The far north of Scotland is home to many significant, historical harbours. Some large, some small, but none as spectacular as Whaligoe and its steps. All along the Caithness coastline, soaring cliffs are punctured by deep, piercing inlets. With the wild North Sea crashing against jagged rocks, even these narrow gaps could be a godsend for fishing vessels.
The inlet at Whaligoe has a long history, and its name originates from the washed-up whales that would be hauled here for butchering. For centuries the only route down to the water’s edge was little more than a rough track skirting a sheer drop to the sea.
However, when the herring boom gripped Scotland, fishermen looked for anywhere remotely suitable to land their catch. Scotland’s most famous civil engineer Thomas Telford took one look at this natural feature and declared it as an awful place for a harbour, without any commercial prospects. Thankfully, David Brodie disagreed and decided to fund the construction of the Whaligoe Steps in the late 1700s.
Originally there were 365 steps meandering their way down to the natural, rocky harbour below, later supported by an artificial dock known as the bink. Small vessels were hauled out of the reach of choppy waves using winches, while larger schooners could anchor directly to the cliff-face. Poles lined the platform for drying nets alongside a store full of salt for preserving the fish.
The fish were cleaned, gutted and salted by an army of fishwives before being loaded onto cargo ships ready for export. Anything left behind was packed into baskets for those determined women to heave up the Whaligoe Steps on their backs. That climb was often followed by a seven-mile hike all the way to Wick to sell their wares.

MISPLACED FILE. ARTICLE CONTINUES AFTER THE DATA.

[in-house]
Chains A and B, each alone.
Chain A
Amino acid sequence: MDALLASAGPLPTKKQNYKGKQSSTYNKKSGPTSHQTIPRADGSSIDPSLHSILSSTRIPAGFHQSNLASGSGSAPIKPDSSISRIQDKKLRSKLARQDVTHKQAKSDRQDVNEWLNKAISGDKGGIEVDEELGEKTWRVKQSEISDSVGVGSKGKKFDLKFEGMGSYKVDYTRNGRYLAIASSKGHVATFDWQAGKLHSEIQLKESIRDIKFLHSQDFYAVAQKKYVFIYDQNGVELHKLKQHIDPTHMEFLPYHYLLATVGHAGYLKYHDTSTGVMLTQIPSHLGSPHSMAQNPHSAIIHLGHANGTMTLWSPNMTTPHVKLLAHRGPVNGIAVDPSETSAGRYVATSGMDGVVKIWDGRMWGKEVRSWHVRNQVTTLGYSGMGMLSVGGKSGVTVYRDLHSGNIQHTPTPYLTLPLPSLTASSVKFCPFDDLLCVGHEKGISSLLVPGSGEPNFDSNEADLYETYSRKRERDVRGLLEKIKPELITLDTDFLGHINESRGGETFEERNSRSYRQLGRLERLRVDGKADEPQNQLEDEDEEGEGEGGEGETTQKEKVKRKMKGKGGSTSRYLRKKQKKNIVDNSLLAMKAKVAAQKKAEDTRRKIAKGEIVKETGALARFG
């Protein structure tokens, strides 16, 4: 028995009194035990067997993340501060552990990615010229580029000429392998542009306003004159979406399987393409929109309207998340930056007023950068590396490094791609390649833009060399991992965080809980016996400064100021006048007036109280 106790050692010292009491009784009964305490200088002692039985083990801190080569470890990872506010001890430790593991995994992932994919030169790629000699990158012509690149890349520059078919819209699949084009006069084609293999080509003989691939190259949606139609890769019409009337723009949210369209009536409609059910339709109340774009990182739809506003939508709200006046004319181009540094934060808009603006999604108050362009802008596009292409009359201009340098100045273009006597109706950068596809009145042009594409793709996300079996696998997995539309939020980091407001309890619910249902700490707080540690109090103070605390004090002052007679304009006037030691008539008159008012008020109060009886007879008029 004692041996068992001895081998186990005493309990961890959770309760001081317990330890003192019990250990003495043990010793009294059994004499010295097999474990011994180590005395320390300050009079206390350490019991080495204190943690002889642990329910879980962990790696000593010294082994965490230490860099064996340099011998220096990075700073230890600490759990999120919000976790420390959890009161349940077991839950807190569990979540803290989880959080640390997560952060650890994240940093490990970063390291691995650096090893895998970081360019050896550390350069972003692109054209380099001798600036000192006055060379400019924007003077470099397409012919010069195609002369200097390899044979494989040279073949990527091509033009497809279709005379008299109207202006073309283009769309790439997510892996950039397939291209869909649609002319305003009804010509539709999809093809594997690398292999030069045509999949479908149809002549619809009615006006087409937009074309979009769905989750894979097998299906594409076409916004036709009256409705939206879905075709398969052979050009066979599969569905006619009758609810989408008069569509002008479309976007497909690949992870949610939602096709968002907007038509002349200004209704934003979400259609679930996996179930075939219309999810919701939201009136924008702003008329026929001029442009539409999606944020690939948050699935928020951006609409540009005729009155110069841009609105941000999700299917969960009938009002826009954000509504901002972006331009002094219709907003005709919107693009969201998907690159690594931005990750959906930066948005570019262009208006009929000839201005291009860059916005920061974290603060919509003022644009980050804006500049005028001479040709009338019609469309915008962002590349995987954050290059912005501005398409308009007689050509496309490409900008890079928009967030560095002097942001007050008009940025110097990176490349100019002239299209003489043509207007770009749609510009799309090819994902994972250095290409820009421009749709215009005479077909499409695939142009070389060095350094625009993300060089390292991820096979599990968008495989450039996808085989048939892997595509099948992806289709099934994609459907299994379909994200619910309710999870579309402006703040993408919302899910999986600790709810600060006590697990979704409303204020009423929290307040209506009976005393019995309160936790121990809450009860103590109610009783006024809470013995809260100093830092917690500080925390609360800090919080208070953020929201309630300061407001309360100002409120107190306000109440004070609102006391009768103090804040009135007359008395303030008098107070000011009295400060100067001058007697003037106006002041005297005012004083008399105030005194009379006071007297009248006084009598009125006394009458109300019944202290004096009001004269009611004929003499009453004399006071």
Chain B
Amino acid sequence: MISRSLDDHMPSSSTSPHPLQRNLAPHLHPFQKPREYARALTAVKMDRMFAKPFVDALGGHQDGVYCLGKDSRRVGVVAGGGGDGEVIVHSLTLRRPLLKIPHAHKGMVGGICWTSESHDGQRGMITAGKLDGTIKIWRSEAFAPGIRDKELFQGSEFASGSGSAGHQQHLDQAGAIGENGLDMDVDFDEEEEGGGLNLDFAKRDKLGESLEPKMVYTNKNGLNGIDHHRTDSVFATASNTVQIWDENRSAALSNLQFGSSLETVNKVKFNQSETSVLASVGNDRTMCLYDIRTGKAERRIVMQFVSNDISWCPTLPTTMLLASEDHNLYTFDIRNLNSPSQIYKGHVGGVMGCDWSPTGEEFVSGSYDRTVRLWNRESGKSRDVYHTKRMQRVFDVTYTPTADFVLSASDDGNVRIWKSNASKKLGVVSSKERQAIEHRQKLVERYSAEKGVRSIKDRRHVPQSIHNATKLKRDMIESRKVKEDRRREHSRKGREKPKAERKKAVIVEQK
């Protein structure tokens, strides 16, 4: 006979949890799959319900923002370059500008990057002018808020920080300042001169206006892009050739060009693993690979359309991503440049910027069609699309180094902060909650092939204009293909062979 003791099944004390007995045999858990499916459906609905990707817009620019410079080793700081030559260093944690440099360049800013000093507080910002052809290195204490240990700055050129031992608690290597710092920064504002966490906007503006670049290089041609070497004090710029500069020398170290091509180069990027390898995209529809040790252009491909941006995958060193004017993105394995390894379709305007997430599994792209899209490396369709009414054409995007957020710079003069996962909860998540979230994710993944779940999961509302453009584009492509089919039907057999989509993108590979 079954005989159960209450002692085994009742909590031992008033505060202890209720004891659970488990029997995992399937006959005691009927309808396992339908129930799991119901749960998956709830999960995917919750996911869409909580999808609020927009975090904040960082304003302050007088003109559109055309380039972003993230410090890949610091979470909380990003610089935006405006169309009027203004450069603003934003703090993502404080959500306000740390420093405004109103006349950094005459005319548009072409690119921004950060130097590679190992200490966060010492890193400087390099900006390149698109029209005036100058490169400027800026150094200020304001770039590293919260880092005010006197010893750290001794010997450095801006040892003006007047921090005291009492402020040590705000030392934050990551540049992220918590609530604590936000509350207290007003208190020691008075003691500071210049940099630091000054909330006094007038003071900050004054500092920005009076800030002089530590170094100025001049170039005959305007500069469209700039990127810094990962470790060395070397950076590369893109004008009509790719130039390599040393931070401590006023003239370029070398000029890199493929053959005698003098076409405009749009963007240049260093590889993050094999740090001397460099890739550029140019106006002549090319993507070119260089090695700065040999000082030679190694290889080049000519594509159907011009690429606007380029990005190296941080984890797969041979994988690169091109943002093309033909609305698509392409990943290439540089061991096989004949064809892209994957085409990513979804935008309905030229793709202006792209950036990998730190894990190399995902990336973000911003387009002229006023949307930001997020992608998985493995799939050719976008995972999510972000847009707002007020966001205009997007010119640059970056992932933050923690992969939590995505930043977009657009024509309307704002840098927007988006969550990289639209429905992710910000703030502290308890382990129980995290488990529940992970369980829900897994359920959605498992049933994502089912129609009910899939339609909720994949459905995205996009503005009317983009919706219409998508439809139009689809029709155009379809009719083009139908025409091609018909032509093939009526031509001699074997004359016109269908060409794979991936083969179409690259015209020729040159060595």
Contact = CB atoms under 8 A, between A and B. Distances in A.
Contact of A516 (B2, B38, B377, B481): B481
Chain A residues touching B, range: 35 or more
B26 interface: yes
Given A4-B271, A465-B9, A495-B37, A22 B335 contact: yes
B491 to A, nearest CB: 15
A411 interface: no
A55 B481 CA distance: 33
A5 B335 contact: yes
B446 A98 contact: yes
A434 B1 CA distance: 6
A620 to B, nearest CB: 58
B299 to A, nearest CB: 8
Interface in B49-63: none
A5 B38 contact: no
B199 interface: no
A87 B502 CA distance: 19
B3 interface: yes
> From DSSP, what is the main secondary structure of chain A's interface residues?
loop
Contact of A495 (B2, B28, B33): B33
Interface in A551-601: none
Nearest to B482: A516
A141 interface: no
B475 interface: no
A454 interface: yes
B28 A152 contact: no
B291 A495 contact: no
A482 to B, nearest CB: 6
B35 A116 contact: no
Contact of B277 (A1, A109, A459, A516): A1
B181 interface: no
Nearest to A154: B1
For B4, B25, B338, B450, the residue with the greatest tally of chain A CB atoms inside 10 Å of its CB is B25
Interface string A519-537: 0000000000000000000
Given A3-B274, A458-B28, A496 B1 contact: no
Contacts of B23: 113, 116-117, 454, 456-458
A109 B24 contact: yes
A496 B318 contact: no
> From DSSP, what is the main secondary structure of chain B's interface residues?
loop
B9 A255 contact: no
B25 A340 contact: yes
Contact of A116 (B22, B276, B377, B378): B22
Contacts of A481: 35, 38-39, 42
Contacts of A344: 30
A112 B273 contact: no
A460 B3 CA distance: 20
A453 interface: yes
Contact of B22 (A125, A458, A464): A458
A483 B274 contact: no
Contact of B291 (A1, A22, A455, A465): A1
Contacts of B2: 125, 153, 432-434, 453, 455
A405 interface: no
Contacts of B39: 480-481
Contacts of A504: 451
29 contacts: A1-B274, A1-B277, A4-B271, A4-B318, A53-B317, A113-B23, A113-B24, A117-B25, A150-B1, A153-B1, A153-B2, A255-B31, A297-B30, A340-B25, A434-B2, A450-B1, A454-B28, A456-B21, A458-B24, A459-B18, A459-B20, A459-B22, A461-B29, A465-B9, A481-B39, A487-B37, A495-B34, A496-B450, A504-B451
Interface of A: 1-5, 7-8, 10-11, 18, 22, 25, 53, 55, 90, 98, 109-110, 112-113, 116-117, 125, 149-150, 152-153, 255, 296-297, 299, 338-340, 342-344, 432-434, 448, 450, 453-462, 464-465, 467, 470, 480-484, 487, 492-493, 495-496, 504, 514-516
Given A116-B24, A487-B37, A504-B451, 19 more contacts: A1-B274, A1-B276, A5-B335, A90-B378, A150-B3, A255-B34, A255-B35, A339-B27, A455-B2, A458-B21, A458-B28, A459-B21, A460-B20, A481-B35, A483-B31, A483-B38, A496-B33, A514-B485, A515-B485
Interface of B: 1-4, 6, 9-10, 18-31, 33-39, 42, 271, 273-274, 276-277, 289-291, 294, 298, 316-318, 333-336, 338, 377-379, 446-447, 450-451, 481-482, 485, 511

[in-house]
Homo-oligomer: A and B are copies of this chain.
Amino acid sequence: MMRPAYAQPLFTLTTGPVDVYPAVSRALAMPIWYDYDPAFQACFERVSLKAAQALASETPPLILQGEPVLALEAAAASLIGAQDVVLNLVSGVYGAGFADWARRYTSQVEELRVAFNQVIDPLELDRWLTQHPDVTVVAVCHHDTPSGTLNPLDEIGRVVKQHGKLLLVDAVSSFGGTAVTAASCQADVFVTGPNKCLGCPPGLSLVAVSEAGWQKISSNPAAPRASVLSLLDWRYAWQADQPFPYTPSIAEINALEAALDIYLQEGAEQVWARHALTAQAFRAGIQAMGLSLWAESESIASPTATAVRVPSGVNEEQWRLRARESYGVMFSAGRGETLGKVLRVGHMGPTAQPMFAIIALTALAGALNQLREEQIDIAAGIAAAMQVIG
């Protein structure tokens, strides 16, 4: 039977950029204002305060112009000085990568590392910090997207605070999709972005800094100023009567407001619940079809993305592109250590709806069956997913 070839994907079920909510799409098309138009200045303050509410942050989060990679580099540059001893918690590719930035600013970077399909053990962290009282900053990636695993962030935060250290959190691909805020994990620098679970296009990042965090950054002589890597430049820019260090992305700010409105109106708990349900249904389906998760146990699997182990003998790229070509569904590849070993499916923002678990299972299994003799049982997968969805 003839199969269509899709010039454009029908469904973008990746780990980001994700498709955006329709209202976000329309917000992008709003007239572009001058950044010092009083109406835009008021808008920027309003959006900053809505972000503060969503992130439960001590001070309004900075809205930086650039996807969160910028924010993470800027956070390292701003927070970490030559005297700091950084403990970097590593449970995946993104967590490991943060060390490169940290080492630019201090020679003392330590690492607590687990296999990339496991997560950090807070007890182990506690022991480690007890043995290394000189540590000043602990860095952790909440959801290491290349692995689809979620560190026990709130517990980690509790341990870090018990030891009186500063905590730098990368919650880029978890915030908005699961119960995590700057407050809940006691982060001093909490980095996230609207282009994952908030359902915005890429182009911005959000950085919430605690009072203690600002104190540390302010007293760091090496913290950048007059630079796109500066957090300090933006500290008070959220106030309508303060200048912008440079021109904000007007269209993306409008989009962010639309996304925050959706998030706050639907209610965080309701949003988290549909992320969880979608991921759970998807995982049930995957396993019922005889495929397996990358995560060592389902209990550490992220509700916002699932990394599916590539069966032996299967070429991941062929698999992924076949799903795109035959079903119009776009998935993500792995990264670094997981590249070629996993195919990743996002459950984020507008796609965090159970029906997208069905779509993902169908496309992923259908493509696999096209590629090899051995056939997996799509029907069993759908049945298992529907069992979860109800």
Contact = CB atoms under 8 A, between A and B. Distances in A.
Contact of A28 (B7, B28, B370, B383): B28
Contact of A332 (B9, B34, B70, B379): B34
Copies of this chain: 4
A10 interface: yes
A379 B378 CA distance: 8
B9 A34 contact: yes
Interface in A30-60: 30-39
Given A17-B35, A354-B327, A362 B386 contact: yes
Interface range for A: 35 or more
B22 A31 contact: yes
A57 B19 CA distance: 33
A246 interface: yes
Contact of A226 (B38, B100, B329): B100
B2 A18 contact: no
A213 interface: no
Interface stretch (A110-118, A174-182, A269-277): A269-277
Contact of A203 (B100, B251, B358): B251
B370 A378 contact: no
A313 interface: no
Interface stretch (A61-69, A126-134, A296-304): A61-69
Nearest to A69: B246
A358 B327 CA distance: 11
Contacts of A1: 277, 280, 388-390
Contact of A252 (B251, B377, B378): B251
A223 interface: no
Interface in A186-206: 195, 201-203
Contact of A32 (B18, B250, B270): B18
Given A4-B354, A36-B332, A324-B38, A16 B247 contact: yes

Herring fishing steadily declined during the World Wars and one by one, the boats disappeared from the harbour. Dedicated volunteers kept the Whaligoe Steps maintained and usable, although it wasn’t always an easy job. After a devastating landslide in the winter of 1975, the steps were buried under several tons of rubble, making the descent impossible. The volunteers estimated that clearing the way would take at least 4 men several days of hard labour, so it was a job best left for warmer days.
Once the weather had brightened and spring had sprung, the team were finally ready to get to work. However, when they reached Whaligoe, the steps were already in perfect condition without any evidence of that devastating landslide. After a few enquiries, it turned out a local lady called Etta Juhle had been responsible.
Incredibly, Etta had spent the winter shifting the enormous quantity of soil and rock all on her own, using nothing more than a small fireside shovel and bucket. A small monument stands at the top of the steps, commemorating this remarkable woman who channelled the strength and determination of those fishwives before her.
Volunteers continue to keep the Whaligoe Steps accessible, but these aren’t just steps. They’re a reminder of a different time and a harsher way of life, where people worked against the odds just to survive.
Written by Graeme Johncock
Graeme is the writer and storyteller behind Scotland’s Stories, sharing the traditional folklore and legends that make Scotland truly incredible.